California Bullet Control Misfire Gives Ammo for Legal Challenge
By Chris Eger
California’s Prop.63 requires background checks on all ammo sales, and is the current subject of a lawsuit by an Olympic gold medalist and pro-gun groups. (Photo: Chris Eger/Guns.com)
With reported widespread glitches and bugs in California’s new bullet control plan, Second Amendment groups are promising to soon see the state in court. Gov. Gavin Newsom’s Proposition 63, which among other tenets requires a background check on every ammunition sale in California, kicked fully into effect this week and in many cases left a bad taste in the mouths of would-be ammo buyers.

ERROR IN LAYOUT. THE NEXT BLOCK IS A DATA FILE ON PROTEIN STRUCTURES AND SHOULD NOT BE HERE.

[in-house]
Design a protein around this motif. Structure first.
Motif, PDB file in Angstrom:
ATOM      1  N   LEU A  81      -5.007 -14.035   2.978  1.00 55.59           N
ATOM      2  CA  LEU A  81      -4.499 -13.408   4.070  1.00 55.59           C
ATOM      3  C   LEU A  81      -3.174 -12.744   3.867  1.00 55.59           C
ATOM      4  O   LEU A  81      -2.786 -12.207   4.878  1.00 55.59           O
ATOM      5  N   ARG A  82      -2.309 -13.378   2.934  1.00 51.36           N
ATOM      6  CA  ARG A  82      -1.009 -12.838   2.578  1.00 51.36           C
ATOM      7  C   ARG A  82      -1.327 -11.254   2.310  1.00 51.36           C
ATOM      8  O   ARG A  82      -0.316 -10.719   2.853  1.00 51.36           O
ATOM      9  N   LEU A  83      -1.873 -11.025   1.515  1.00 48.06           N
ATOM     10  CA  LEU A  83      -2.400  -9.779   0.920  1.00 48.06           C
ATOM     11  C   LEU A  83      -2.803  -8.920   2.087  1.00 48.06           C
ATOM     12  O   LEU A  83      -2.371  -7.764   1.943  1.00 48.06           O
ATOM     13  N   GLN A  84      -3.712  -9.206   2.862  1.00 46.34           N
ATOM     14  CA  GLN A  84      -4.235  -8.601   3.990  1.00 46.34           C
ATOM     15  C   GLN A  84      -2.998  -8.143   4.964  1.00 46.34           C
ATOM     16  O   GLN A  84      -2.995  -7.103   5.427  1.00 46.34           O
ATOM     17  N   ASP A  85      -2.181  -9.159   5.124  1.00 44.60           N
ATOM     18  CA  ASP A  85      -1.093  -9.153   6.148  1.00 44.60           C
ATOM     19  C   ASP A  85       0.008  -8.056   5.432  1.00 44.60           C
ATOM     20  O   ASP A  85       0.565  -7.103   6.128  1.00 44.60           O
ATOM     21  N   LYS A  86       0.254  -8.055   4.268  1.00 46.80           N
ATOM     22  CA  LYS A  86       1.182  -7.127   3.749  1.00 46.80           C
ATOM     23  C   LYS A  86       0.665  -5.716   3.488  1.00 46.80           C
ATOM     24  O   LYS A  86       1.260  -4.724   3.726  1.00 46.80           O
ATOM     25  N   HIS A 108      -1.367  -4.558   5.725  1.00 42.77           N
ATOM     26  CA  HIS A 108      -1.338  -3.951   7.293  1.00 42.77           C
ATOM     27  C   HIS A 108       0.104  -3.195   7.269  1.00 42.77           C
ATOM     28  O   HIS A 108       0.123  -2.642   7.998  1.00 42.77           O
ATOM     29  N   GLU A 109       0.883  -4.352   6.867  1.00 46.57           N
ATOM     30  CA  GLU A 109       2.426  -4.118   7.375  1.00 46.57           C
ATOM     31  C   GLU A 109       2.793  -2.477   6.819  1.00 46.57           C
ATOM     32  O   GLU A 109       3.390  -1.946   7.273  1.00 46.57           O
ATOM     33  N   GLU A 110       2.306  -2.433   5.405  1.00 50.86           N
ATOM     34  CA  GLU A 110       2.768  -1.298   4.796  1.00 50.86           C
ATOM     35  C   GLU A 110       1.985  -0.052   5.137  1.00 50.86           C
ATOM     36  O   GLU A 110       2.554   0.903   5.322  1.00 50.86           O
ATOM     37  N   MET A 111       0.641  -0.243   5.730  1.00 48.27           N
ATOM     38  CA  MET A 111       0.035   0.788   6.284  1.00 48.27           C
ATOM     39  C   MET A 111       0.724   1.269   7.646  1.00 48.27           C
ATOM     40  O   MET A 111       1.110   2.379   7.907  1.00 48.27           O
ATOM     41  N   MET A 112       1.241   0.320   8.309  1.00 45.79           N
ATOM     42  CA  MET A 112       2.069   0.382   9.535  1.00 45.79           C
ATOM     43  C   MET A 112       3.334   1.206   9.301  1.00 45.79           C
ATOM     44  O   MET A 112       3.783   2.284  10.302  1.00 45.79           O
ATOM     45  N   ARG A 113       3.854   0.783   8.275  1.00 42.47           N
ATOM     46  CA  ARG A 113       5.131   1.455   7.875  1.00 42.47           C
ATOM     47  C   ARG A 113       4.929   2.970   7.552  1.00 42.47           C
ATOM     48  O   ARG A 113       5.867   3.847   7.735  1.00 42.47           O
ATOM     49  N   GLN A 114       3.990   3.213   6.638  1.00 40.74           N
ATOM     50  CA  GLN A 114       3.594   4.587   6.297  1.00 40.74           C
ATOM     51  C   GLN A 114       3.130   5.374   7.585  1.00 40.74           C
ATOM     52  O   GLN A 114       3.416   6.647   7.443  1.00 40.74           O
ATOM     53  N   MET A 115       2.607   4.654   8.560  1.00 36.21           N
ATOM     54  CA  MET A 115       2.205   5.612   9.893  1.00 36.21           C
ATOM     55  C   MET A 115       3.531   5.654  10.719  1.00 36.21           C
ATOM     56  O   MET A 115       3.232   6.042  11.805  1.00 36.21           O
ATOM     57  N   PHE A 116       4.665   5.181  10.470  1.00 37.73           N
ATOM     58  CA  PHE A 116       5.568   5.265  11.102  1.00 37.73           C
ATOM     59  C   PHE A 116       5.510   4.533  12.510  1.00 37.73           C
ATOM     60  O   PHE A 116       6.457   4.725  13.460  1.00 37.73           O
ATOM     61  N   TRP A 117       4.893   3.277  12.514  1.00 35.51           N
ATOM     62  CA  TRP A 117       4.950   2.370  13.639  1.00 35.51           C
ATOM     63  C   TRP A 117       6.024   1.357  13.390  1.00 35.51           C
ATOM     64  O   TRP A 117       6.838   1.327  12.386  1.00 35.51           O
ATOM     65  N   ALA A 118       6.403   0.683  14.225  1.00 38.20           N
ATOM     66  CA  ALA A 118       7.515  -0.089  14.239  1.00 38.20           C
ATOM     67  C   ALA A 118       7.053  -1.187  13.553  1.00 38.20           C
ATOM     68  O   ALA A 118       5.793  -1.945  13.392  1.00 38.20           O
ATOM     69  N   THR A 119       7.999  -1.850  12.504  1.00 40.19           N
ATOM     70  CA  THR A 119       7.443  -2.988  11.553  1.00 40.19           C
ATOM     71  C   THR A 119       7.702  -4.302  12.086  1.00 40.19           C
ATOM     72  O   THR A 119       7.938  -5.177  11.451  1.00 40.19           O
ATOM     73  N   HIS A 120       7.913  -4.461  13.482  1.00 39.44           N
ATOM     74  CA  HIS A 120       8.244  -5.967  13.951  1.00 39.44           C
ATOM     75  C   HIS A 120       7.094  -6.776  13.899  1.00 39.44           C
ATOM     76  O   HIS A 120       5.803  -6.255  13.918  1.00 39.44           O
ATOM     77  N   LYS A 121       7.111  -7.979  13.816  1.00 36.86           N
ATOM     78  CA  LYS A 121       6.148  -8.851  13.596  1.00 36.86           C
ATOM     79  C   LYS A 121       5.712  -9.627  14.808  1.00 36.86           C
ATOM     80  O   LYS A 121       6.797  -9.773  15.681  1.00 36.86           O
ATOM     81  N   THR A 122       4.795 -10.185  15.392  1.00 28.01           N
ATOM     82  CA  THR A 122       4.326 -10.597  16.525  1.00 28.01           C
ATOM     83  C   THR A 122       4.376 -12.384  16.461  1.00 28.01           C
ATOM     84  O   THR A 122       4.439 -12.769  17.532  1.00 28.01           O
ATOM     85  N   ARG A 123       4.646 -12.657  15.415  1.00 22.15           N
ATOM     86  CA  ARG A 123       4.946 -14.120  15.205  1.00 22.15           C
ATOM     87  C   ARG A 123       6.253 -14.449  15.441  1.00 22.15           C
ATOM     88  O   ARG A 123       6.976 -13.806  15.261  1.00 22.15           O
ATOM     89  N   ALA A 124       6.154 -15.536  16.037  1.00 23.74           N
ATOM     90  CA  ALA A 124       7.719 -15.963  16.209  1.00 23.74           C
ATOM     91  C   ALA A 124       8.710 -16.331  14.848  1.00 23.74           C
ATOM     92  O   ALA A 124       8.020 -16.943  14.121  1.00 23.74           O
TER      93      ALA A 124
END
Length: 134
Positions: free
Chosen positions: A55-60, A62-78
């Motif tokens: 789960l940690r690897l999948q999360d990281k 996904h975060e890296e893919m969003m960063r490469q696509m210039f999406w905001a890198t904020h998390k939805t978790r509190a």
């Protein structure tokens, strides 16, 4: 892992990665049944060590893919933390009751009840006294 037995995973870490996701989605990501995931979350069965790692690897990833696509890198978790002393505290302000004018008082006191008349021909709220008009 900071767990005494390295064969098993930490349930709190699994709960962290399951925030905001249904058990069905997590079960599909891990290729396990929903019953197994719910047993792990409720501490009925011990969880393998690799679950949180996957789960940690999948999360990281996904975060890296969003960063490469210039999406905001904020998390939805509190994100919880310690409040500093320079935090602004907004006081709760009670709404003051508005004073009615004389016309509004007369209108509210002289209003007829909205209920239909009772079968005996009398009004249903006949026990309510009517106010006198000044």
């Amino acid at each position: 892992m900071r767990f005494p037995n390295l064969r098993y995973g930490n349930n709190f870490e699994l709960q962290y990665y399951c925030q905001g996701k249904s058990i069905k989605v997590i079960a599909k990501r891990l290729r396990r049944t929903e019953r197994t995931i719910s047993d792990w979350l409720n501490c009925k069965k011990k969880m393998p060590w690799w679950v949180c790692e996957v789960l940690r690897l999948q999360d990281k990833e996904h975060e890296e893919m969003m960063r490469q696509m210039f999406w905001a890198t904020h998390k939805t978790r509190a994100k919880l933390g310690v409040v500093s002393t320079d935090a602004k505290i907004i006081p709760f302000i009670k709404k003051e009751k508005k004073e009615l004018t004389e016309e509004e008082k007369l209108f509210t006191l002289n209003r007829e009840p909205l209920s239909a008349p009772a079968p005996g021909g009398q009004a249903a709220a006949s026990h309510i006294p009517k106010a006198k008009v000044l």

The Associated Press reported long lines at gun stores and confusion about the new regulations along with delays and frustration. One gun owner documented his experience being denied the opportunity to attempt a check even though he had a current California driver’s license and U.S. passport. Such problems, say gun advocates, cues up the new law for a legal challenge.
“Newsom’s Prop 63 law is a business killing nightmare and a red-tape charade that is useless as a crime prevention measure,” said Chuck Michel, California Rifle & Pistol Association president. “This law puts a ridiculously excessive burden on Second Amendment rights and was designed to make it practically impossible for gun stores